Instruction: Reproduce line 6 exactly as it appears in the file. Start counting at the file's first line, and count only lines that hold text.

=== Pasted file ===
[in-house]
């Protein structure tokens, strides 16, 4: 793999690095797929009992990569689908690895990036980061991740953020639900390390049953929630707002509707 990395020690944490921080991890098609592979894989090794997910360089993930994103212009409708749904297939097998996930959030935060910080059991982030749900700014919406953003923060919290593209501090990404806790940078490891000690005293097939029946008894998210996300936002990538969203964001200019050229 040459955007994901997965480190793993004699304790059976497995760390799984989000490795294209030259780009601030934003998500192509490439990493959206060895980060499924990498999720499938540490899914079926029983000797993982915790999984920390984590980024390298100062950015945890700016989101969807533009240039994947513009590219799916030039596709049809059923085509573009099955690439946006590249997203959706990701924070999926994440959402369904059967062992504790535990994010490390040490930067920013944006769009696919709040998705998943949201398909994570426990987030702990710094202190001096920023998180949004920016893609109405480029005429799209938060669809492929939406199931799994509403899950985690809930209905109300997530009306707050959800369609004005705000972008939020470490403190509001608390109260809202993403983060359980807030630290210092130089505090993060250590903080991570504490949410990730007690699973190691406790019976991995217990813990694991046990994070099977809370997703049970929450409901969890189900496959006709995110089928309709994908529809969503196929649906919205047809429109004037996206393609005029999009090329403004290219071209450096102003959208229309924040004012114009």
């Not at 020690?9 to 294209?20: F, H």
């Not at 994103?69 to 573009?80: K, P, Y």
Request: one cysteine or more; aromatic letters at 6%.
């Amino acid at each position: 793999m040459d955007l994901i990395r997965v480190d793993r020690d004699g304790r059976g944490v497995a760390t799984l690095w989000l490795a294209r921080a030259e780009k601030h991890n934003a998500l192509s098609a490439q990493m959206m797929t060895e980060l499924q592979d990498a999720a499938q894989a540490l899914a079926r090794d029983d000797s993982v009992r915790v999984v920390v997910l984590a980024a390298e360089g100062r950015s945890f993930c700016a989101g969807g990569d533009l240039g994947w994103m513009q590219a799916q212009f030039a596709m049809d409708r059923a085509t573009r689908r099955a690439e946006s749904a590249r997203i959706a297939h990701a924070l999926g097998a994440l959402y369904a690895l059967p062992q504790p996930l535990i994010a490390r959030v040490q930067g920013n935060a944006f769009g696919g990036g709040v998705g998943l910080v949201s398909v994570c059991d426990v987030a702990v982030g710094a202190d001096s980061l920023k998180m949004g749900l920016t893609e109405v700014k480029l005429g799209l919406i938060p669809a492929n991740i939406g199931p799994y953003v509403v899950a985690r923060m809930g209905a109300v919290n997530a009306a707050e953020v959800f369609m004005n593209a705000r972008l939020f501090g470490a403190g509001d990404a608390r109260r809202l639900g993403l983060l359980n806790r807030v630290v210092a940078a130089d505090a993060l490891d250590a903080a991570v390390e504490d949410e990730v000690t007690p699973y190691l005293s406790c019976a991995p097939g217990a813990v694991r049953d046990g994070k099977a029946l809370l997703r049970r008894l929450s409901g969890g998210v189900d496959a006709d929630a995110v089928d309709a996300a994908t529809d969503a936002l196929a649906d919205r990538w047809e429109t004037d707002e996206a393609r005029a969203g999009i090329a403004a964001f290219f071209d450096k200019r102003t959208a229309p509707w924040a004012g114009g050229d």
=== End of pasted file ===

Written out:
């Amino acid at each position: 793999m040459d955007l994901i990395r997965v480190d793993r020690d004699g304790r059976g944490v497995a760390t799984l690095w989000l490795a294209r921080a030259e780009k601030h991890n934003a998500l192509s098609a490439q990493m959206m797929t060895e980060l499924q592979d990498a999720a499938q894989a540490l899914a079926r090794d029983d000797s993982v009992r915790v999984v920390v997910l984590a980024a390298e360089g100062r950015s945890f993930c700016a989101g969807g990569d533009l240039g994947w994103m513009q590219a799916q212009f030039a596709m049809d409708r059923a085509t573009r689908r099955a690439e946006s749904a590249r997203i959706a297939h990701a924070l999926g097998a994440l959402y369904a690895l059967p062992q504790p996930l535990i994010a490390r959030v040490q930067g920013n935060a944006f769009g696919g990036g709040v998705g998943l910080v949201s398909v994570c059991d426990v987030a702990v982030g710094a202190d001096s980061l920023k998180m949004g749900l920016t893609e109405v700014k480029l005429g799209l919406i938060p669809a492929n991740i939406g199931p799994y953003v509403v899950a985690r923060m809930g209905a109300v919290n997530a009306a707050e953020v959800f369609m004005n593209a705000r972008l939020f501090g470490a403190g509001d990404a608390r109260r809202l639900g993403l983060l359980n806790r807030v630290v210092a940078a130089d505090a993060l490891d250590a903080a991570v390390e504490d949410e990730v000690t007690p699973y190691l005293s406790c019976a991995p097939g217990a813990v694991r049953d046990g994070k099977a029946l809370l997703r049970r008894l929450s409901g969890g998210v189900d496959a006709d929630a995110v089928d309709a996300a994908t529809d969503a936002l196929a649906d919205r990538w047809e429109t004037d707002e996206a393609r005029a969203g999009i090329a403004a964001f290219f071209d450096k200019r102003t959208a229309p509707w924040a004012g114009g050229d």